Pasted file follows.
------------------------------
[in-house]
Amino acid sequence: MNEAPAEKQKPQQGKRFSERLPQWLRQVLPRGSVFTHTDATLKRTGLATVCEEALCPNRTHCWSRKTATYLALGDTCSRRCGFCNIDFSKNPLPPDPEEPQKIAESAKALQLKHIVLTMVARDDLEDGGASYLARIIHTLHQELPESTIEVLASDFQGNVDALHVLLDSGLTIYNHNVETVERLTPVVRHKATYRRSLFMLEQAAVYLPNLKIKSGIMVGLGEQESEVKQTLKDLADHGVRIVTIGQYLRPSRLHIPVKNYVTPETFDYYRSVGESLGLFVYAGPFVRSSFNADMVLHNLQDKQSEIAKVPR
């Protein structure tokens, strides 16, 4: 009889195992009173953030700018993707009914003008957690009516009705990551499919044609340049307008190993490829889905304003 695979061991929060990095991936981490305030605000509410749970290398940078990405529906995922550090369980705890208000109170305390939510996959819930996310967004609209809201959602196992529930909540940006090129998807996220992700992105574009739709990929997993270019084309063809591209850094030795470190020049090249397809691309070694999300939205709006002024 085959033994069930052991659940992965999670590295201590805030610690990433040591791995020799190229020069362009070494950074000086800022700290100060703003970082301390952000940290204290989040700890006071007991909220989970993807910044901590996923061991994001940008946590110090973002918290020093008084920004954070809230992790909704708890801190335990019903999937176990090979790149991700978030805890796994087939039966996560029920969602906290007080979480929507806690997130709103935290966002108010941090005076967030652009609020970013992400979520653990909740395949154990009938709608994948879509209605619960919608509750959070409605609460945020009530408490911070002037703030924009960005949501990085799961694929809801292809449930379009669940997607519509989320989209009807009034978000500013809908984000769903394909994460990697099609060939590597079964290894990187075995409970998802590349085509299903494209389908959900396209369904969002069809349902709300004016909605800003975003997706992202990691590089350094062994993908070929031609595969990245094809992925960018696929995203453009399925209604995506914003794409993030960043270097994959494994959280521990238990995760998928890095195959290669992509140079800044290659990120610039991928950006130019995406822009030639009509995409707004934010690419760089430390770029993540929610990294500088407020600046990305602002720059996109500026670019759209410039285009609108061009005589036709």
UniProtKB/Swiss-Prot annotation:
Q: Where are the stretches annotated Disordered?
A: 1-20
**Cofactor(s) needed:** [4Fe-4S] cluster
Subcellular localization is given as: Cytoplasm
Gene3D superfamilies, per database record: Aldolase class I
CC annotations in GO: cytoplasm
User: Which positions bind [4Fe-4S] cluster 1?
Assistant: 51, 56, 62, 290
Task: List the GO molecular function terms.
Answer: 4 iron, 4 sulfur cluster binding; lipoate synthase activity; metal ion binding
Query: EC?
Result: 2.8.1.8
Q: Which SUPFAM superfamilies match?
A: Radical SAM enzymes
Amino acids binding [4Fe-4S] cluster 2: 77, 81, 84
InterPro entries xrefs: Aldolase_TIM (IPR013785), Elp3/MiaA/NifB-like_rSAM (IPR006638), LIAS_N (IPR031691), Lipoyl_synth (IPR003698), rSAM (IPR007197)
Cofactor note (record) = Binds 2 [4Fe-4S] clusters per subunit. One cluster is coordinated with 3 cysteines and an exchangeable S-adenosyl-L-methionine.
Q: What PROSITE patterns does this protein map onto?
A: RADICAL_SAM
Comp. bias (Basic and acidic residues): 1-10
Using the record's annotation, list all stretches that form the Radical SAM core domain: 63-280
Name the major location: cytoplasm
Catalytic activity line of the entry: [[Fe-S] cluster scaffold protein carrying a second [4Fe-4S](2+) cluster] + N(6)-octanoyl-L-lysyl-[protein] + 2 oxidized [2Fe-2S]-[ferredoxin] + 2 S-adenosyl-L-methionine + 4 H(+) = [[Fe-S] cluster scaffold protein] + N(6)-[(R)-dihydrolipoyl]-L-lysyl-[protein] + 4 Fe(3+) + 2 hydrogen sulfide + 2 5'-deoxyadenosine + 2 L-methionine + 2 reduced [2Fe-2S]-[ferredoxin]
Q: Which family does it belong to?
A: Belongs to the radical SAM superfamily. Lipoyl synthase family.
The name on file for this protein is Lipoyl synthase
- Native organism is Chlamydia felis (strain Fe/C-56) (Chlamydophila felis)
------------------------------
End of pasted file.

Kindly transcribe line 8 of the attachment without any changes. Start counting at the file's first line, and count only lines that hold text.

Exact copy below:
Subcellular localization is given as: Cytoplasm